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The Rise of Skywalker was a crowd pleaser for the worst possible crowd.
Walt Disney Pictures
Today is . Yep, that day. day. May the 4th be with you, etc. A pun that, thanks to the internet, somehow transformed a regular day into a global holiday of Star Wars worship. But there’s only one problem: I don’t really want to worship at that altar any more.
And is to blame.
It’s embarrassing, but there was a point in the pre-pandemic days — during my first watch of The Rise of Skywalker — where, in a packed theater, I audibly said “what the hell?”
I can’t remember exactly which part. There were a few candidates.
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It could have been right at the beginning, when Rose Tico (played by Kelly Marie Tran) was yanked from The Rise of Skywalker like Poochie from The Simpsons. A move that felt designed to .
That sucked. Big time. Definitely worth a “what the hell?”
It could have been the moment they “unkilled” Chewbacca, rewinding perhaps the only challenging moment in a first act that felt like it was written and judi online bola edited by a 5-year-old high on sherbet.
What the hell?
But if I had to place bets, I’d say my “what the hell” moment came during the big “Rey’s origins” reveal.
Undoing one of ‘s most interesting choices, Kylo Ren tells Rey she wasn’t the daughter of drunkards who sold her off for booze money. Nah, scratch that. In a desperate attempt to tie everything back to the original trilogy (making the Star Wars universe feel smaller than a snow globe), Rey was revealed to be the granddaughter of Emperor Palpatine: The big baddie who magically re-appeared in the third movie, minus any foreshadowing in the previous two.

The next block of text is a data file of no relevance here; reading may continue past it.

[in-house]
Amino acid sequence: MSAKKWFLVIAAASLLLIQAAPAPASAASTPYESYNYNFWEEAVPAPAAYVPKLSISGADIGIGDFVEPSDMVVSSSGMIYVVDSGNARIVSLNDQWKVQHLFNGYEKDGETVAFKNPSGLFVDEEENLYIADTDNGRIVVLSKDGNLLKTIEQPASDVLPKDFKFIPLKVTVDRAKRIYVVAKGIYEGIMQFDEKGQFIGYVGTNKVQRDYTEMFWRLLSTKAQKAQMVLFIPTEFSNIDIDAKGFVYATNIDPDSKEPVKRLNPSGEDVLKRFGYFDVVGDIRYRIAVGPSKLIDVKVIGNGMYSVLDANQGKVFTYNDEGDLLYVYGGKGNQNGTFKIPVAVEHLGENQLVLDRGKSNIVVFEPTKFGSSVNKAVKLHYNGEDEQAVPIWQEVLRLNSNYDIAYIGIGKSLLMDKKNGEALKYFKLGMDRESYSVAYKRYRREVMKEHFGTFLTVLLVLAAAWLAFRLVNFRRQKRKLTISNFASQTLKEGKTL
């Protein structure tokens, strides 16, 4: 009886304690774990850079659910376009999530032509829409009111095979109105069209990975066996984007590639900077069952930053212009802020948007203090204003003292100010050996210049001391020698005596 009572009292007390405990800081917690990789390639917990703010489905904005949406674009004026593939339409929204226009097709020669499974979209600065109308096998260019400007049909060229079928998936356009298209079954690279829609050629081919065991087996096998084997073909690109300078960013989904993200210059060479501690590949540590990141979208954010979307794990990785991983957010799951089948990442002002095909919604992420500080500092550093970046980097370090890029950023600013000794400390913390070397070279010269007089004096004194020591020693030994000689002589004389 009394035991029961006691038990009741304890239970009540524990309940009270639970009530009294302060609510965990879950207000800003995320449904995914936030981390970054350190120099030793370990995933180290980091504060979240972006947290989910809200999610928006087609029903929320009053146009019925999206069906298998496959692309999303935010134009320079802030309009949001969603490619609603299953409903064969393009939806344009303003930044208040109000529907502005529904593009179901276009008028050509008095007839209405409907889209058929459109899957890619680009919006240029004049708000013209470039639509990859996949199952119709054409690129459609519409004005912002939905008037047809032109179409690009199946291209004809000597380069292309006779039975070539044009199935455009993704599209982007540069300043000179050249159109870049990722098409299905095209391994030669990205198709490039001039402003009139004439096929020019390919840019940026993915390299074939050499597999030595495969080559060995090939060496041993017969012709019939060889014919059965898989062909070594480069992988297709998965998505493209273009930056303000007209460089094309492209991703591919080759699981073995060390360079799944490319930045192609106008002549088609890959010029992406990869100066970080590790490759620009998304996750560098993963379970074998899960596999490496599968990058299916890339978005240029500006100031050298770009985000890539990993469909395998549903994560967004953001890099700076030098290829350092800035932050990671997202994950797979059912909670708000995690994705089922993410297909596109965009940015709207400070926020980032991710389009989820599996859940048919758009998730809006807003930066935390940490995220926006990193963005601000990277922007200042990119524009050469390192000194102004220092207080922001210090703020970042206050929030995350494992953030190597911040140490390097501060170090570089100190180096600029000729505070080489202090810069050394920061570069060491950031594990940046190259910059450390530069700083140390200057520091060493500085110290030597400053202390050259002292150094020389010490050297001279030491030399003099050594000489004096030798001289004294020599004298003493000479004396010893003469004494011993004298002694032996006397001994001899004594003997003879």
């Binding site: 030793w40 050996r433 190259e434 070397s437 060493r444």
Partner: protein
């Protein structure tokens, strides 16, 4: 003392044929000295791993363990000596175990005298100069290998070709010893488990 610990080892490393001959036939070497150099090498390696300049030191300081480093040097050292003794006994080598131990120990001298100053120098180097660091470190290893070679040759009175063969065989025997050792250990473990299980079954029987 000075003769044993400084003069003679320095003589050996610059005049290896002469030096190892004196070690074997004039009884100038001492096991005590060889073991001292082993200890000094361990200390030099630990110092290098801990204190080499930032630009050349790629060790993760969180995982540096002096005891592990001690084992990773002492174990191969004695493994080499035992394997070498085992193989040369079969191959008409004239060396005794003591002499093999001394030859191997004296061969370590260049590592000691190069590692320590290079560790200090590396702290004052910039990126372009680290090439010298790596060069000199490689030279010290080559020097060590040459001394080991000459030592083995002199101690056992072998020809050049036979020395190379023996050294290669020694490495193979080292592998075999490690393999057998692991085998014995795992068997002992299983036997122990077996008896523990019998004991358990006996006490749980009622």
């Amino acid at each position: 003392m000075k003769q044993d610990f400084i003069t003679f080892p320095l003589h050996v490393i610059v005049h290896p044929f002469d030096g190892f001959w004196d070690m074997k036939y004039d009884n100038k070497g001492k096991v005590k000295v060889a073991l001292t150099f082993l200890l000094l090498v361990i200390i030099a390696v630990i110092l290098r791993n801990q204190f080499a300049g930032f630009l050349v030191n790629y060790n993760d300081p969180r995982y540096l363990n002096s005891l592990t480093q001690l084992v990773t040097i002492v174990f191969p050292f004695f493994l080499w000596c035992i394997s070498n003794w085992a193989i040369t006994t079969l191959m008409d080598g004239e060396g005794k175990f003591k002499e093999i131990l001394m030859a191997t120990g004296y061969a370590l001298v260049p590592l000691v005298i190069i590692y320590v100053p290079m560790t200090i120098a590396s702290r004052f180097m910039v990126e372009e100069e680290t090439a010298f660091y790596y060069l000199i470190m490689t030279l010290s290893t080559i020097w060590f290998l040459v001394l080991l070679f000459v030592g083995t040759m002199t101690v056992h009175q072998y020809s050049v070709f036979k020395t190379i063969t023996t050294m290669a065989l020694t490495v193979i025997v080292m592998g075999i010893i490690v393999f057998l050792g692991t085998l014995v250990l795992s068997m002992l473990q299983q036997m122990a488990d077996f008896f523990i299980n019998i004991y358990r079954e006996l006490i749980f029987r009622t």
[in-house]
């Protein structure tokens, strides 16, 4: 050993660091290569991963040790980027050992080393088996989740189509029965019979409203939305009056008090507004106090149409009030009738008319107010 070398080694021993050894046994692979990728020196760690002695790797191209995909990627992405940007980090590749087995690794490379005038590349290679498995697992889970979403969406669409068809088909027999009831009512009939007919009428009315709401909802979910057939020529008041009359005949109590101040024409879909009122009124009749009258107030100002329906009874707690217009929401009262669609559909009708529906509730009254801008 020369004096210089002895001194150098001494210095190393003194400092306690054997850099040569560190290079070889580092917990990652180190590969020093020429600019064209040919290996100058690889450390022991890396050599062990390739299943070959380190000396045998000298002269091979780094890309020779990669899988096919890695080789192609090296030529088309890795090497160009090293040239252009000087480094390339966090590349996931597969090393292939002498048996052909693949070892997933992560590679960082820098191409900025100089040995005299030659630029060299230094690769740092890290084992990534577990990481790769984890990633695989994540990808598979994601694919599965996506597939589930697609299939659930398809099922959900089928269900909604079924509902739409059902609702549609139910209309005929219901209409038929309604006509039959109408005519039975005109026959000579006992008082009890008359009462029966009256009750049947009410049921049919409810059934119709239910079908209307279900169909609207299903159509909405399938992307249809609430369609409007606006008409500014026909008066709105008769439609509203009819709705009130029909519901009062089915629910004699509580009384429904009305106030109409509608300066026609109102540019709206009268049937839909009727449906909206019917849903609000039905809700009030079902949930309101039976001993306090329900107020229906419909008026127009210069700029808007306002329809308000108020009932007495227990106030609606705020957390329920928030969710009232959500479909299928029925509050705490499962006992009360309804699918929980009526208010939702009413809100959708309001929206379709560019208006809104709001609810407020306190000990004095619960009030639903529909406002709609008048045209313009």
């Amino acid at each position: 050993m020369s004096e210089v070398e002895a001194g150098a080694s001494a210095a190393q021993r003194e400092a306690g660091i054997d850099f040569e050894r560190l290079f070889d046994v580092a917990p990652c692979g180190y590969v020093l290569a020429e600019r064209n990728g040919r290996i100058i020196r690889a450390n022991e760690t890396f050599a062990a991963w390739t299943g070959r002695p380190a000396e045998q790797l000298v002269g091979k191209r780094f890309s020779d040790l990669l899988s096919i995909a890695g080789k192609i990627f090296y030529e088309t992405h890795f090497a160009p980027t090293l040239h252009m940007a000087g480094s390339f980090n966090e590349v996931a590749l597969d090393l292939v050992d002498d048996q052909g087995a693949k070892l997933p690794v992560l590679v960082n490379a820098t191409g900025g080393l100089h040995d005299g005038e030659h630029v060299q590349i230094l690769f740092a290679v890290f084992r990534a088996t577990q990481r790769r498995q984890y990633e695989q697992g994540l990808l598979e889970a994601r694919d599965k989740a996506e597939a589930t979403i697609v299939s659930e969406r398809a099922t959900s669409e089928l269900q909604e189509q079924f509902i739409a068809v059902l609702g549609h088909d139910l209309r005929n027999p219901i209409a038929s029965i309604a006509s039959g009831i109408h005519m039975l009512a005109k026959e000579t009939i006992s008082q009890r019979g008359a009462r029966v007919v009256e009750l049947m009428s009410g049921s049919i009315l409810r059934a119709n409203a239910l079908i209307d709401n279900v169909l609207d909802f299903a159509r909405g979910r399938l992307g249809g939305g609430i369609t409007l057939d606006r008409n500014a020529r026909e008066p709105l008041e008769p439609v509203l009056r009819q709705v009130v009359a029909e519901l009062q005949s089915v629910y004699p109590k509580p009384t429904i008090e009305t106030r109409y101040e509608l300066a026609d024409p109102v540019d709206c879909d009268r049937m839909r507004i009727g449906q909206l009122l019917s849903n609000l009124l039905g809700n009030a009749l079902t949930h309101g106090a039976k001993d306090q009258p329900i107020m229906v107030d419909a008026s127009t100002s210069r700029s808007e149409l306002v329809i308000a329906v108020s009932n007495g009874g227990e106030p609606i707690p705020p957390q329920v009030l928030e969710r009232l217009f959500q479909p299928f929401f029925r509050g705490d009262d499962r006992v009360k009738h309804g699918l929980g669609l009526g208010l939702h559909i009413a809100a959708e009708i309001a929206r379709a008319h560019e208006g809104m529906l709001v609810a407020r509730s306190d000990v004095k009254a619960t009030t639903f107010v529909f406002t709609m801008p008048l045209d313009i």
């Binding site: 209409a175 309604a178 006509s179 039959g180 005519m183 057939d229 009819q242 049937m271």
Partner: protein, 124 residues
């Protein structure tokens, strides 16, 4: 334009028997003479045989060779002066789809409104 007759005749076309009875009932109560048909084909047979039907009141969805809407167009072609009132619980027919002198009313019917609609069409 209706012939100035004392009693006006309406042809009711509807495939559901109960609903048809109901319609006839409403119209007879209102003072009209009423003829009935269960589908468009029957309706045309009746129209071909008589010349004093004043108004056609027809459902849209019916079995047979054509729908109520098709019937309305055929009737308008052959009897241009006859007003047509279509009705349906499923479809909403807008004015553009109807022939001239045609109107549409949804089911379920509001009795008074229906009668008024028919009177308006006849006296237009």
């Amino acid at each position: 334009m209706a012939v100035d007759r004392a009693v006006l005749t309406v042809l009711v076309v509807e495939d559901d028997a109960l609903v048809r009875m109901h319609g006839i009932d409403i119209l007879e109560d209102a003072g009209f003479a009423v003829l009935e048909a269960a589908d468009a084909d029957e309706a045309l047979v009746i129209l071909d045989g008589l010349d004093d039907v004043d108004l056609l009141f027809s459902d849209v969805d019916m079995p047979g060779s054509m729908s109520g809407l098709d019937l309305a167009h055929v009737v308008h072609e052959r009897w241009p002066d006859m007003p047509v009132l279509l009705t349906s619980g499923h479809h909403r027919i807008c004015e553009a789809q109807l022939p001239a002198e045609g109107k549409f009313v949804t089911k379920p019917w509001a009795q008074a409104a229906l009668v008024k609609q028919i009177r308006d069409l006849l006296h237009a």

“What the hell?”
Years later, distanced from the warped bubble of Star Wars “discourse” — and its place in the culture wars that consume all light and reason — it’s still difficult to explain why this choice annoyed me so much.
In hindsight Rey’s reveal was the moment when Star Wars stopped existing as an object I could believe in and transformed into banal fan fiction catering to the worst type of fan. When Star Wars shrank into a story in a Reddit thread far, far away. Designed to offend the least amount of people possible, built for people to sit in movie theatres and point. “LOOK, IT’S LANDO. LANDO’S HERE!”
I was pissed.
Pity my poor wife, eyes glazing over, who had to endure the train journey home. Me, arms waving like a madman, trying to explain why the passable sci-fi flick she’d just watched (and immediately began forgetting, like a normal adult) was a betrayal. That it deliberately and systematically unraveled every attempt made by The Last Jedi to reinvent Star Wars and have it successfully escape the dull nostalgia pit it’s now fully descended into.
More May the 4th
I stand by the assessment. The Last Jedi was a movie that demanded we “let the past die.” It railed against casual nostalgia. Entire sections, like the casino scene on Canto Bight, were far from perfect, but The Last Jedi was bold and inventive. It never invited us to point, “LOOK, LANDO’S HERE!” Instead, it did a fantastic job of shredding all fan expectations. It murdered its main villain halfway through the run time; transformed Luke Skywalker from a dull do-the-right-thing hero-type into a vicious, bitter hermit tortured by his own failings.